We Must Protect This Brand


It’s okay to go for variety when you’re picking out your outfit. It’s okay to go for variety when you’re deciding what to make for dinner. It’s okay to go for variety in your dating life. In a lot of places variety makes sense, it’s smart even.

Branding is different.
In order to create one solid image throughout your customer base, and continue to maintain that image, consistency is critical. A brand will only fracture itself by introducing new “personalities” in each of the spaces it occupies a presence. If you’re not consistent then your customers have to meet you and get to know you all over again. Not to mention finding you in these spaces turns out to be a lot harder. It turns into a game of ‘50 First Dates’. But trust me – unlike romantic comedies, all does not end well. Now this is not to say you shouldn’t evolve your brand over time. That is not what I’m talking about. What I am talking about is at one point in time is your brand presenting a united front to its customers in a platform agnostic way? A company’s brand is a very valuable asset and as a social media practitioner it is your responsibility to protect it in the social space. Here are three ways to do just that.

Develop A Style Guide

Chances are you are not the only voice of your company in the social arena. If you consider your customer service team part of your voice in the social space (which I’d strongly argue their proximity at least warrants consideration) then you’re definitely not alone. How many voices, personalities and tones does that make? 2? 20? More? Each of these people are acting on behalf of the company but they’re doing it via interpretation. Unless you have outlined a style guide for communication then everything they do will be their interpretation of the brand, and their ideas of how the brand would communicate and respond. In developing this guide consider all of the touch points your brand has. Also consider the wide variety of situations that your representatives would encounter. Use the style guide to lay out your brand’s personality, tone, voice and methods of interaction. Inform the tone of communication with this document. Build this out right and it will become an invaluable resource both for training purposes but also as a reference guide for those individuals continually interacting with your audience.

Beauty Is Not Only On The Inside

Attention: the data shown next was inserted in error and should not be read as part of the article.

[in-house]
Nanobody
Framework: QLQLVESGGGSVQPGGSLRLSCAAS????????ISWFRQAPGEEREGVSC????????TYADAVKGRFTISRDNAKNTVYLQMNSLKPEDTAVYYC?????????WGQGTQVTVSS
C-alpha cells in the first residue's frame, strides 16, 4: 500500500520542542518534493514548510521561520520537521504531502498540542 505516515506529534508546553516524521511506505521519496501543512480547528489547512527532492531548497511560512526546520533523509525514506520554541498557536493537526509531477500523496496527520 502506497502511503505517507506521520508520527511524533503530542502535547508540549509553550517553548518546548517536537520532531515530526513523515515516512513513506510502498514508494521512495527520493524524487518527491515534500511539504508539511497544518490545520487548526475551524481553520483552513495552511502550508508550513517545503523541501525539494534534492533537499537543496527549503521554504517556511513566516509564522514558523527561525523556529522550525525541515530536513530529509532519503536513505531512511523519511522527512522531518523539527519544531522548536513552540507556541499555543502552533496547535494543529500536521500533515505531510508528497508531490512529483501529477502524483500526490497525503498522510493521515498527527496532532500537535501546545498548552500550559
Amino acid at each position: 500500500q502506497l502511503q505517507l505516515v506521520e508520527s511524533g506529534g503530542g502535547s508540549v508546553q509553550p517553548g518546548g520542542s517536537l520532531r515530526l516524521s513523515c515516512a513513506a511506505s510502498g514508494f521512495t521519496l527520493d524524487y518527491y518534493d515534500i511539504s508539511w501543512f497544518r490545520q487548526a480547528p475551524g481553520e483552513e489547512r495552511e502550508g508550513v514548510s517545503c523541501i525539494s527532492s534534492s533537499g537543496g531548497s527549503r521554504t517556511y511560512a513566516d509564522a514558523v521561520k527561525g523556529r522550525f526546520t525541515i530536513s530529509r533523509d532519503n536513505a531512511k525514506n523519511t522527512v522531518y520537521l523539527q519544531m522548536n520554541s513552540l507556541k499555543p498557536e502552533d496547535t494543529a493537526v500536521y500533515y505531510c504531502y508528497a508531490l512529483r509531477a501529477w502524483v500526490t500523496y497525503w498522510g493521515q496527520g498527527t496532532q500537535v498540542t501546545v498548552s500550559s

Humans have always used visual queues to organize information, but this propensity becomes even stronger as we are exposed to increasing amounts of content online. Our attention spans are shrinking. Not just yours and mine. Your customers are too. The visual queues that we’ve always relied on are more important than ever before. Walking through a crowded shopping center you can bet your sweet bippy that I can sort through all of the visual clutter and find the Victoria’s Secret in a hot second. It takes me even less time to find a Sephora. Why? It could be my inner compass. Sure. But I’d argue rather that they have developed a very strong brand visually speaking. They use the high contrast elements in their logo and other creative and use all of the graphic elements consistently. You will never see one of these brands varying their presentation in even the slightest. Be them. Be striking. Be consistent. Be memorable and instantly recognizable in all of your locations whether they be brick and mortar, print, or digital.

Mark Your Territory. Virtually.

I’m constantly surprised by how many people I hear talking about troubles they have with brand squatters on social media sites. I’m not surprised that it happens. But I am surprised people allow it to happen. That’s right. Allow. It is insanely easy to reserve and protect your brand’s name in the social media space. Using a service like Know.em all you have to do is go type-clickity-clickity-clack your brand name in to check what holes you have left in your armor. Then register and the magical leprechauns behind the curtain do the rest for you. If you leave yourself open in this area you run the risk of someone grabbing your brand name and either squatting on it, or worse using it maliciously. Once your branded account name is in someone else’s hands it isn’t necessarily impossible to get back – but it becomes exponentially more difficult. Especially in cases where the brand does not have a right to it any more than the person currently holding it. BMW is a perfect example of this in my mind.

Be The Squeaky Wheel

Keeping track of things internally is just as important as what is going on externally. Regular meetings of all of your social touch point managers should be scheduled and ongoing. Even if they are just update meetings. Likely all of these people are not on the same team so there may not be an organizational way for them to keep in touch. Make that happen. Set up cross-silo meetings. Stick to them. Make sure appropriate stakeholders are included. While you are at it – develop a central depository of social account information. Include account passwords, log-ins of course. But also include the people that have access to these accounts. If someone leaves the company you need to be aware of what access they’re taking with them. Do regular audits of this information in conjunction with your HR team to ensure that part of the exit process is to evaluate the person’s previous levels of access. If they were a Facebook page admin, remove them immediately. If they had access to the Twitter account, change the password post haste. Yes, post haste. Essentially, developing a sense of who and what your brand is both in terms of personality and visually is important. Implementing these things consistently and managing them deliberately going forward will help maintain your success and continue to grow the value of your brand.]]>


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